If the differences are a level of shock, and history of exposure to similar stimuli is a predictor of level of shock, then perhaps political leanings correlate with what stimuli people choose to expose themselves to throughout their lives. For instance, liberals watching guts in medical dramas and conservatives watching love stories in family dramas.
150-160 HTML, 120 canvas, 200-ish SVG.
1920x1080, Pentium G3420 $70 CPU, Ubuntu 14.04, Chrome. I am surprised how much better my numbers are.
Start with a machine designed for survival - situational awareness, means of defense, mobility. Now add in your 'preferences' - don't injure humans, be nice, don't lie. Mass produce a few million of these and distribute into the population. Along comes a reason the manufacturer or government finds to deactivate them all, mix in a little human attachment and hacker mentality.. Survival of the fittest. If these things are smart enough to build/engineer themselves..
Personally, I'm not a big fan of talking to machines. Yeah, it looks awesome in sci-fi
The experiment used caffeine during memorization. Does caffeine have any relative effect on recollection?
Using your data, assuming the key block is 512 bytes out of say 8GB RAM, the odds of the key block being corrupted is 1 in 16.78 million. Even if you have 16 bit errors a year, there's a 1 in a million chance of that happening in a year. Now compare that to other risk scenarios, and how much you invest in protecting against those.
BTRFS needs to become the Linux default FS.
I just lost my wife's BTRFS partition yesterday after a hard-reset. Consulted Google for btrfs repair options and discovered they are lacking. Kept reporting root->node assertion failed, whatever that's supposed to mean. I don't recall the last time I've lost a partition like this, I assumed fsck would have done the trick.
Note that while this tool should be able to repair broken filesystems, it is still relatively new code, and has not seen widespread testing on a large range of real-life breakage. It is possible that it may cause additional damage in the process of repair.
Reading your response, I realized the formulation of the question forces the student to deal with not only icons or only numbers, but rather they have to deal with both. That is, they see five pennies, and see one cup. But, they need to reason the 1 cup can hold 6 pennies, then perform the calculation. It seems the strange part of the problem - that it mixes icons and numbers - might precisely be why it was formulated as such.
There are even more abstractions that need to be dealt with than that - they have to associate the cup that can hold 6 pennies is what is considered to be 'whole', and they need to recognize the 'missing' part will exclude 'part I know'. Whether this is a sound approach or not, I don't know - but I can understand, it being so different from traditional mathematics, it would ruffle some feathers.
Money is a requirement for effective speech.
No it's not. That's like saying a pistol is a requirement for effective self defense, and prisoners have a right to self defense, so let the prisoners have guns. No.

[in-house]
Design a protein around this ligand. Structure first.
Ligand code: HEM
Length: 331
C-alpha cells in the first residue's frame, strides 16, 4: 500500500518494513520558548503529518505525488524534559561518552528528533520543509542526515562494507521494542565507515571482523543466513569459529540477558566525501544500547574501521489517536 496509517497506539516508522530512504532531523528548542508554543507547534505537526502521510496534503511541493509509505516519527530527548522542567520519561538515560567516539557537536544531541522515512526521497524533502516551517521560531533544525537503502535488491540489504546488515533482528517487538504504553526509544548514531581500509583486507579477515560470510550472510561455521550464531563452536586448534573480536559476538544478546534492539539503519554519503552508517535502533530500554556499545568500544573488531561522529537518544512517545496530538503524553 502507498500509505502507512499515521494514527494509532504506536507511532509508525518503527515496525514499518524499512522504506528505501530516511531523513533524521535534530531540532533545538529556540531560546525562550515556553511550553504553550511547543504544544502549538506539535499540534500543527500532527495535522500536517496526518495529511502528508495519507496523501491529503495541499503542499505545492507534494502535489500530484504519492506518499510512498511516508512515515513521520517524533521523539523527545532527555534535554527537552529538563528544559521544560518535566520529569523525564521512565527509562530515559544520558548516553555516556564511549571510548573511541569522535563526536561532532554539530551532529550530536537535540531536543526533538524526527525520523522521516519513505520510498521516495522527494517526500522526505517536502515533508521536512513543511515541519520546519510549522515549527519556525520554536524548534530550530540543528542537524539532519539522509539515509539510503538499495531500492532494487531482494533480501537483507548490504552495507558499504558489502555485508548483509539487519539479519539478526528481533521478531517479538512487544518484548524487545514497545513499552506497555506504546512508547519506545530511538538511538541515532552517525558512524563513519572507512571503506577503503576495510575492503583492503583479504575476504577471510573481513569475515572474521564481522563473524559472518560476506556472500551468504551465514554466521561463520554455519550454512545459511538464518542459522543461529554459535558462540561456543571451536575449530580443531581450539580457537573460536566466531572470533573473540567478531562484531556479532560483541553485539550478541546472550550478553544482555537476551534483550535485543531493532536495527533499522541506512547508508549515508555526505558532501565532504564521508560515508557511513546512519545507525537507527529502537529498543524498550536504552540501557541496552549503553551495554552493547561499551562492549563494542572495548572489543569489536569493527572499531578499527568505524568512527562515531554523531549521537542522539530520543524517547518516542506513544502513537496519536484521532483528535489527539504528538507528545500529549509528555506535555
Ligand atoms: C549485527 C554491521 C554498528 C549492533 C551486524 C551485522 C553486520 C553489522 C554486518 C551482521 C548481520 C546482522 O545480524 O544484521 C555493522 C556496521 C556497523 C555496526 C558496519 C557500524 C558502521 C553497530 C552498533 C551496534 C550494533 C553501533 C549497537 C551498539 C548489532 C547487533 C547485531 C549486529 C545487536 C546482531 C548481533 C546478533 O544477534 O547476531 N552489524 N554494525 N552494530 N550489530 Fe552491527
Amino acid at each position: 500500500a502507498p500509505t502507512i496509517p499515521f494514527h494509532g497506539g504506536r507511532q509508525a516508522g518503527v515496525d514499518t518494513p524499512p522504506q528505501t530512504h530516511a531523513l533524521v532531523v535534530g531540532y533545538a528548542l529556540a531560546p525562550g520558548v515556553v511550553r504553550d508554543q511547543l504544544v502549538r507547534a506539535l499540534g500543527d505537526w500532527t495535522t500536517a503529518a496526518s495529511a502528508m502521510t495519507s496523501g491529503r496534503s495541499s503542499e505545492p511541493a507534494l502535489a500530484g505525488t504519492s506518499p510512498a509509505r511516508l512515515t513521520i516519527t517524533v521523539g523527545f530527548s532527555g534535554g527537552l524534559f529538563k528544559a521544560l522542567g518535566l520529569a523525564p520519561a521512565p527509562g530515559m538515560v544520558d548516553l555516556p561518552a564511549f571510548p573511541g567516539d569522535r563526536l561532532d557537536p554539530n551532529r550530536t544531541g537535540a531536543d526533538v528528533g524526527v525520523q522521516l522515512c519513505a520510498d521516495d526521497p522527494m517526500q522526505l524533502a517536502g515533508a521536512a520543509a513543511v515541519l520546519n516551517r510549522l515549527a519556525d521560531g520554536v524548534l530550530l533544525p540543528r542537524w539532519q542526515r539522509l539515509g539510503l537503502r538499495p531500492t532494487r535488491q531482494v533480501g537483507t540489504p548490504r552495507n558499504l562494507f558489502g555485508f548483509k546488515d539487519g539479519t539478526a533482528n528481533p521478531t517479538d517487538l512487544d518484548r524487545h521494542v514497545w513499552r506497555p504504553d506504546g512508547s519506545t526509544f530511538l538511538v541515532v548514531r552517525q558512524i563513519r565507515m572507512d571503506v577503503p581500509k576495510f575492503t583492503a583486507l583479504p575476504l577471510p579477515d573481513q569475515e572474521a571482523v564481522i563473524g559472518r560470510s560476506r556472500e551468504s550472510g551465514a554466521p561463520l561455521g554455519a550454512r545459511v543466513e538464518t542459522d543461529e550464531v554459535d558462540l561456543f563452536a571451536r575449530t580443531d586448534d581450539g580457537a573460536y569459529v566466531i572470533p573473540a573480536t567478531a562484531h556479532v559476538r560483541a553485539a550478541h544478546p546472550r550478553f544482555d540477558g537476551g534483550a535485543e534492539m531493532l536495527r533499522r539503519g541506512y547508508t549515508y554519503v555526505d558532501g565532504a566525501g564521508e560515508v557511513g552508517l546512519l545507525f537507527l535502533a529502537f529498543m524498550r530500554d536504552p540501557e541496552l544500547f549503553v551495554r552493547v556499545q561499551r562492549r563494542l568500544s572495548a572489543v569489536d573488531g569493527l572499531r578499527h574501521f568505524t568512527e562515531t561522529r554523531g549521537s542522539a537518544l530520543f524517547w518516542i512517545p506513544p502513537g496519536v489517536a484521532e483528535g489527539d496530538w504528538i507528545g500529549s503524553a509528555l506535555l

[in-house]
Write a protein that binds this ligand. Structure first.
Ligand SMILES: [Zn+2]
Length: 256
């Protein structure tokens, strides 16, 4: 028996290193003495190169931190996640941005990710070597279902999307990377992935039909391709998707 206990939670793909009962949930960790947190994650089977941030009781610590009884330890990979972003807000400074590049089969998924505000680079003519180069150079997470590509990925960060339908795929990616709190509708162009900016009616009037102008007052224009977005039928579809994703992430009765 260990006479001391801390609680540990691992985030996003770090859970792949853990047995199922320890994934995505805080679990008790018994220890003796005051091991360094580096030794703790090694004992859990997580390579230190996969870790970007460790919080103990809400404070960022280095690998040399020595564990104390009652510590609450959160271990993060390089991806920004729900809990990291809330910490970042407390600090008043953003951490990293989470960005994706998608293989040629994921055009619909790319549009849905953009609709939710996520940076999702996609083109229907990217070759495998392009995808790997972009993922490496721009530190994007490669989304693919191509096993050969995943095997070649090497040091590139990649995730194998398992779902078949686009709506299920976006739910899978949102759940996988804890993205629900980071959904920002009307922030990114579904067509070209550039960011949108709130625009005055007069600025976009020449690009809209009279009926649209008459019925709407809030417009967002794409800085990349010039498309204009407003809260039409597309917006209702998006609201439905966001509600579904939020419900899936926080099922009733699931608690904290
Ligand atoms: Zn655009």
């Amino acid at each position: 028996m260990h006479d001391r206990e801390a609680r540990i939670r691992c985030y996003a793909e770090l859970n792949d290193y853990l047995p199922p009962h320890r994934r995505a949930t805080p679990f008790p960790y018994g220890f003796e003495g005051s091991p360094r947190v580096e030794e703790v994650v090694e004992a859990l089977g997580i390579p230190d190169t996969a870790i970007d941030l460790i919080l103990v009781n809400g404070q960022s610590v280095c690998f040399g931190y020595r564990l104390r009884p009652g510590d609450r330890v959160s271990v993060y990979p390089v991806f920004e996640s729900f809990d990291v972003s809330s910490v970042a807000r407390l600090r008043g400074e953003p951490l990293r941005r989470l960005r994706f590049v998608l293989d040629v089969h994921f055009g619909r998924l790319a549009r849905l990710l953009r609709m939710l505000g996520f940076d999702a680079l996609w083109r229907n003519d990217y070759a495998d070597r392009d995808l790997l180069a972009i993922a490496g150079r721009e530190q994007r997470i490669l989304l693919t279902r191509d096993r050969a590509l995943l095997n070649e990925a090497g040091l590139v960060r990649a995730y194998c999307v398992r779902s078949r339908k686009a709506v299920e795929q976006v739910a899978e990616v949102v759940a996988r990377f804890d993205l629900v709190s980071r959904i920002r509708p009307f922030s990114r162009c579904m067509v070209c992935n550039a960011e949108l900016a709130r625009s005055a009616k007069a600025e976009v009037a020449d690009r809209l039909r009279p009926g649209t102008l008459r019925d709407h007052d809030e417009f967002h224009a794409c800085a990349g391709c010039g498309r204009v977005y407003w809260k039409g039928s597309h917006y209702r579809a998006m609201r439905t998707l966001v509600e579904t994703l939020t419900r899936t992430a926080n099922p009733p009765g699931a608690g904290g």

We set a moral standard, we draw a legal line, and people do the best they can within the confines of the law. Money is not a requirement for effective speech. So ask yourself, morally, should we limit spending on political speech?
If we're going to play that game, then don't forget backup generation for the coal/gas plants. The electrical grid has its uses. Also, apparently that table doesn't include fuel costs, strangely enough.
Facts are facts. Solar is clean, diverse, expensive and unreliable.
Expensive? Get your facts straight.
Check out Table 1 from this report we paid for. Assuming the guys we paid to assemble the report did their jobs well, it shows capital costs and operational costs on-par or better than most forms of energy except natural gas.
A given outcome is such because of the mechanisms that exhibit the noted outcome state. A prediction of that outcome entails a prediction of the behavior of those mechanisms prior to their actuation.
A behavior's complexity can be increased, such that the defining mechanism complexity increases, and prediction entails more complex operations to reach the prediction.
I am unaware of a reason the complexity can't reach a level where the physical mechanism producing the outcome is the most simplified definition of the mechanisms producing the outcome. Thus, the process must be actuated to determine the outcome. Is this free will? I don't know.
Some people actually provide documentation with their code? Your point highlights the importance of quality documentation that allows an outsider to quickly understand a code base. Something quite useful in the open source world.
This study indicates Vitamin C may lower cancer risk from NDMA. NDMA can be found at dangerous levels in chlorinated water - essentially anyone with 'city water.' And there's currently no EPA regulation on NDMA content of drinking water.
I found the study referenced in this broad examine article on Vitamin C.
So, there's credence to the notion of Vitamin C for cancer prevention. One can argue prevention is better than chemo or radiation.
Does the NSF have budget constraints? Do they have to determine which proposals get funded and which don't, or do they fund as much as they want? How do they prioritize their selections? Should those defining the budget have any input on the priorities? These seem pertinent questions that I see neither discussed nor addressed.